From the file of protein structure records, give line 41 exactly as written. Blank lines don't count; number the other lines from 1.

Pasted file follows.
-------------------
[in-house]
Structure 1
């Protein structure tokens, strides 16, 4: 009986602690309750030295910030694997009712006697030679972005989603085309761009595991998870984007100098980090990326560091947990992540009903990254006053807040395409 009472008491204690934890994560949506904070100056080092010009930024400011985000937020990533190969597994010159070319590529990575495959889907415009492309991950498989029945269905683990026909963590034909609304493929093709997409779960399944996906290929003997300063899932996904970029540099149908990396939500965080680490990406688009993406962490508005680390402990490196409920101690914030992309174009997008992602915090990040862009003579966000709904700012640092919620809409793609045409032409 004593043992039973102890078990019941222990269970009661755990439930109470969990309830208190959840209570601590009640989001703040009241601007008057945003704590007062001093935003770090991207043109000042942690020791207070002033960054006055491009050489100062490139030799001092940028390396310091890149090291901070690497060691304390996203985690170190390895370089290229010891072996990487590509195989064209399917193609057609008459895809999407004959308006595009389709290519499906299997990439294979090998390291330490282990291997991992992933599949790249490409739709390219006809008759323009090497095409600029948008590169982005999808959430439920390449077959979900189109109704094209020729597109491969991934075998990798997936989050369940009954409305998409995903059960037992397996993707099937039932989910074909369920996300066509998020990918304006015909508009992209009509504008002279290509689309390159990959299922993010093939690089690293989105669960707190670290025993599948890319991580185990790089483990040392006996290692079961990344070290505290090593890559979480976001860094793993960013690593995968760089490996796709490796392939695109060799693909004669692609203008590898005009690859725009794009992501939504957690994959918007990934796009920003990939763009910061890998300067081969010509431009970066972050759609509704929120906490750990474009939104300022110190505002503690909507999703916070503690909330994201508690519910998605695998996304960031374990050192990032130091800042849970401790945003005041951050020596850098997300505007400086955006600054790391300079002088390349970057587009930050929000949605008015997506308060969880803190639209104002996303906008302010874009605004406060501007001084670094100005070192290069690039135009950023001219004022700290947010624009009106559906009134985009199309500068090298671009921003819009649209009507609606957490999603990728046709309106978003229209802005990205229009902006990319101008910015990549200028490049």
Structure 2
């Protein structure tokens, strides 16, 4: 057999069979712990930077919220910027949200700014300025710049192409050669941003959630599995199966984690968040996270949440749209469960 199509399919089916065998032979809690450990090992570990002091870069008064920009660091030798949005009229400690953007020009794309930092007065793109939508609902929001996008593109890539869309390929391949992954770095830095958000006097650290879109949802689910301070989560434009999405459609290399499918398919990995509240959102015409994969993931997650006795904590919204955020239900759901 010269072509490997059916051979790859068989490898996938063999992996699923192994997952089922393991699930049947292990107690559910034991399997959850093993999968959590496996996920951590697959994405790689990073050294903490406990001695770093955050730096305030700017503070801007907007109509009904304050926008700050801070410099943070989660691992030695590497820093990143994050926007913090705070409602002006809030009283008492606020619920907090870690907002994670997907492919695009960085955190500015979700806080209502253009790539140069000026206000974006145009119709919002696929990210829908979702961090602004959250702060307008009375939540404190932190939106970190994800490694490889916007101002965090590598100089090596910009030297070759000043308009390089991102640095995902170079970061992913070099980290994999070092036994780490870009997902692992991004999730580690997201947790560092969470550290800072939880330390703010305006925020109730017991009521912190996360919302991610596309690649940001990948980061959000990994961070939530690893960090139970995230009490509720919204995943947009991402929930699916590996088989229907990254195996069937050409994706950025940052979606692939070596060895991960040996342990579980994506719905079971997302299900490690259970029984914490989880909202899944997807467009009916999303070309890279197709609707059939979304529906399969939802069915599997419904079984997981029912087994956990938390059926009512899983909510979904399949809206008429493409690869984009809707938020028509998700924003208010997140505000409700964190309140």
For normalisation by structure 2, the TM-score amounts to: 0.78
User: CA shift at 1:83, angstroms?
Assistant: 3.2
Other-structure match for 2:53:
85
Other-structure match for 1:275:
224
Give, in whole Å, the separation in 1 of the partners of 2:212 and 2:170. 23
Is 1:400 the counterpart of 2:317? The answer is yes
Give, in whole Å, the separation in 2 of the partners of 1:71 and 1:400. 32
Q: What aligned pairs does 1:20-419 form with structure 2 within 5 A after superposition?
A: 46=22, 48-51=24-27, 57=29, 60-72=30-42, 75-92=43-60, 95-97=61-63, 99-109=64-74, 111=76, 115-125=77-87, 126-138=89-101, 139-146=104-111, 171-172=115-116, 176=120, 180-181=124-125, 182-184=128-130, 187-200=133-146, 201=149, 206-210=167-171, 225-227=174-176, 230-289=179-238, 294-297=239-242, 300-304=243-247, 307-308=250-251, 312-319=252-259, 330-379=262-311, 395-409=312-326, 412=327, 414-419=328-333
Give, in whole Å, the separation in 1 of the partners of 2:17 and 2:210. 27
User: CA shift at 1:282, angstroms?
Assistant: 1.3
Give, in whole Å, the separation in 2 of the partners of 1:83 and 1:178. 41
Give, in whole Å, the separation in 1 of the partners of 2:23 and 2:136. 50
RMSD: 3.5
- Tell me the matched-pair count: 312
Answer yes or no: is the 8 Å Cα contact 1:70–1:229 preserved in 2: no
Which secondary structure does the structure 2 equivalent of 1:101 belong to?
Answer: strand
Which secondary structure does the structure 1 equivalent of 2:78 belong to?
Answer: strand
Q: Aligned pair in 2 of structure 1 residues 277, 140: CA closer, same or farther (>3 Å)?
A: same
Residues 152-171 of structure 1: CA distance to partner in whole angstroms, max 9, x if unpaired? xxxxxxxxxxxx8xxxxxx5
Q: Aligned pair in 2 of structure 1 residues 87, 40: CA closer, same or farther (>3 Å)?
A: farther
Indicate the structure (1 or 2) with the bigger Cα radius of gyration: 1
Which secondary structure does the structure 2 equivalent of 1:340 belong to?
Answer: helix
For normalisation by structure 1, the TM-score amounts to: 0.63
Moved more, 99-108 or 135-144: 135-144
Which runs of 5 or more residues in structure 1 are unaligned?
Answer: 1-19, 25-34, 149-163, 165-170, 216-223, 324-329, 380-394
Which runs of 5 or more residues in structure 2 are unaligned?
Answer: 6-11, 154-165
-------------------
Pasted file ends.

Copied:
Answer: 1-19, 25-34, 149-163, 165-170, 216-223, 324-329, 380-394